Whether by playing in a band at school, writing an essay or trying out pottery class, we’ve all dabbled in creativity. But creativity is more than just doing an “artistic” activity. So what is this elusive phenomenon?
Creativity means finding the inspiration that exists in the world; it’s about living without letting our inspiration be locked in by fear, and by staying curious. So says Elizabeth Gilbert in her book, Big Magic, published in 2015.
The three most powerful points I took from the book were;
We’re often told to let go of our fears, but honestly, this isn’t always possible. Instead, the best thing you can do is simply get comfortable with your fears.
You are entitled to create, so give yourself permission! And say it loud: “I’m a writer,” or “I’m an actor,” or “I’m a photographer.”
Success is never guaranteed in art, so why put pressure on your art to deliver money or fame? High expectations can suck all the fun out of creativity.
One life, live it.
Millions of creative people all around the world grew up with the constant reminder that getting a “good education” and finding a “serious job” was the only path that led to happiness. Many experienced failure and hardship in their early attempts in making art. The result? Countless creative spirits who aren’t living out their full potential.
In our sceptical world, deciding to pursue your creativity is one of the scariest choices you can make. But it doesn’t have to be. Living a creative life isn’t about striving for fame or dedicating your mind, body and soul to your craft. It simply means living a life led by curiosity instead of fear. What’s more, there’s no set of criteria that deems something to be creative or not. A creative pursuit is simply something that others might see as crazy, but that makes you feel bold, brave or gives you butterflies. Whether it’s painting, writing poetry, rock climbing or cooking, it should be that special thing that excites your curiosity.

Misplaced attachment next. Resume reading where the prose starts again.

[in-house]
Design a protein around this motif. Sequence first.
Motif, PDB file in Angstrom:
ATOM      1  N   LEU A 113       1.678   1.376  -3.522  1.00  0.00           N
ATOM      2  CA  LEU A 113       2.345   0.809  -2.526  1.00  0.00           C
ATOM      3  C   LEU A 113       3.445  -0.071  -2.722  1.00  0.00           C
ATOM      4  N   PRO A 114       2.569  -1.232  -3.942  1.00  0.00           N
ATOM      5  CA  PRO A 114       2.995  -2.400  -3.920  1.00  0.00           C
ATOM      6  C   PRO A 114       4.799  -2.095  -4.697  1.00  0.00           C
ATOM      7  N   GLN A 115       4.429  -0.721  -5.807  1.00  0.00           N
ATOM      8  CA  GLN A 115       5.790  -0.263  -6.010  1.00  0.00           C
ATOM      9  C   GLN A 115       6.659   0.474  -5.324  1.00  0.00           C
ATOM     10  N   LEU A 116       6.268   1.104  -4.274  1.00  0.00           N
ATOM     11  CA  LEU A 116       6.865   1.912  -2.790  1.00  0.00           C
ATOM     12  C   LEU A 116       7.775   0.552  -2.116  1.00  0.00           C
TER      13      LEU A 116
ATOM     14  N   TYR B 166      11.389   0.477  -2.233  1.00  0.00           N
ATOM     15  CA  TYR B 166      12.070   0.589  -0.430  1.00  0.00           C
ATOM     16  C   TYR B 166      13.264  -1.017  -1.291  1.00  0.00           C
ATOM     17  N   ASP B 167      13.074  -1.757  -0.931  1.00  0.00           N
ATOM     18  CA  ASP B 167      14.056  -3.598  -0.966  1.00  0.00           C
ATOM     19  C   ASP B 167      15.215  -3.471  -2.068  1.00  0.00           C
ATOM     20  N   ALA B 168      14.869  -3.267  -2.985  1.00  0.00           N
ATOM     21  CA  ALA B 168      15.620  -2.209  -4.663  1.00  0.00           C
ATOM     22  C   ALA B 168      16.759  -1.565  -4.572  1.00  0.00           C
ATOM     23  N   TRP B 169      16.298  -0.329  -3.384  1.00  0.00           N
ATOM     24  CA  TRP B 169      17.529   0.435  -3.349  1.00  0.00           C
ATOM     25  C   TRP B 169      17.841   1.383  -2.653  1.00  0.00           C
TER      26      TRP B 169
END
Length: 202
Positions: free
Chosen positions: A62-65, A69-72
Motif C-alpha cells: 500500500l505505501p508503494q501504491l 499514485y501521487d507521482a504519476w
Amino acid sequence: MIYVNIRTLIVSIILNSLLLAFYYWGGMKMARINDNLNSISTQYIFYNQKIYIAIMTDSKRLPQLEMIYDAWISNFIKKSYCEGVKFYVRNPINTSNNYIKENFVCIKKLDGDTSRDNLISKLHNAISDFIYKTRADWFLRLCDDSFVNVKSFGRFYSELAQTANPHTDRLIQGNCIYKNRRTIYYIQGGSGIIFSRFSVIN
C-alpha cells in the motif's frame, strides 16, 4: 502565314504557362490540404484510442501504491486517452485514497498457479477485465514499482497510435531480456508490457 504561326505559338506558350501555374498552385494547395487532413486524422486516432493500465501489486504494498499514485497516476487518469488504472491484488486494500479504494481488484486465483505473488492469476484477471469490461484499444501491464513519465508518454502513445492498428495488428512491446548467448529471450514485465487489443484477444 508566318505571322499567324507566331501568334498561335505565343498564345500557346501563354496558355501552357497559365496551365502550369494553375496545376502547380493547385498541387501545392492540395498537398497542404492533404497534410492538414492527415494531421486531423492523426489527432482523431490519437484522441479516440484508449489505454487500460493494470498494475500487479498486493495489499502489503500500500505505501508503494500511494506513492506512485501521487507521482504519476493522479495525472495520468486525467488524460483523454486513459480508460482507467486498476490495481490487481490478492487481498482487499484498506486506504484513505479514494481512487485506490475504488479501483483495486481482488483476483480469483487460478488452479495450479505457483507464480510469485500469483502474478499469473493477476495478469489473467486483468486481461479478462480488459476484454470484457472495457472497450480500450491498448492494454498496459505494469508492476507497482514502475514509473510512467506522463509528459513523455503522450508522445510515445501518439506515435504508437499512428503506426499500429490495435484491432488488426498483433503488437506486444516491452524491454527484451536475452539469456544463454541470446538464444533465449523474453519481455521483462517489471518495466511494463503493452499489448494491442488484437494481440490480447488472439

Do you know what your creative pursuit could be, but still feel hesitant? Well, you’ve got your fears to thank for that. If you’re worried that you don’t have the skills, that it’s too late for you to start, that no one will care about what you have to say, or that you don’t have the time or money to invest, then your brain is doing a great job of stopping you from doing what you really want to do.
How can you counter this? We’re often told to let go of our fears, but honestly, this isn’t always possible. Instead, the best thing you can do is simply get comfortable with your fears. After all, they’re only natural! In a creative life, your passions coexist with your fears. Your fears are more than welcome to come along for the ride and give their input, but they shouldn’t send you on detours or grab the wheel. Fears are nothing more than passengers in the backseat who keep you company and remind you of the things you care about.
Be receptive to new ideas when they arise.
The planet we live on isn’t inhabited by just humans, plants and animals. Ideas are living, breathing and growing around us too! They exist purely for someone out there to realize them. Know that feeling when a thought takes hold of you and won’t let go? If it seems to show up everywhere and keeps pestering you in quiet moments, then it’s likely you’ve got a great idea on your hands. Don’t let the grocery shopping, TV or other obligations distract you from it. It’s up to you to accept it and work with it.
If not, the idea will float on until it can find someone else to make it reality. In this way, ideas are rather mystical things. The author experienced this first-hand with one of her friends and fellow authors. The author had toyed with the idea of writing a novel set in the Amazon jungle, inspired by her Brazilian husband. For one reason or another, the idea didn’t come to fruition. She had to abandon the novel and continue with other projects.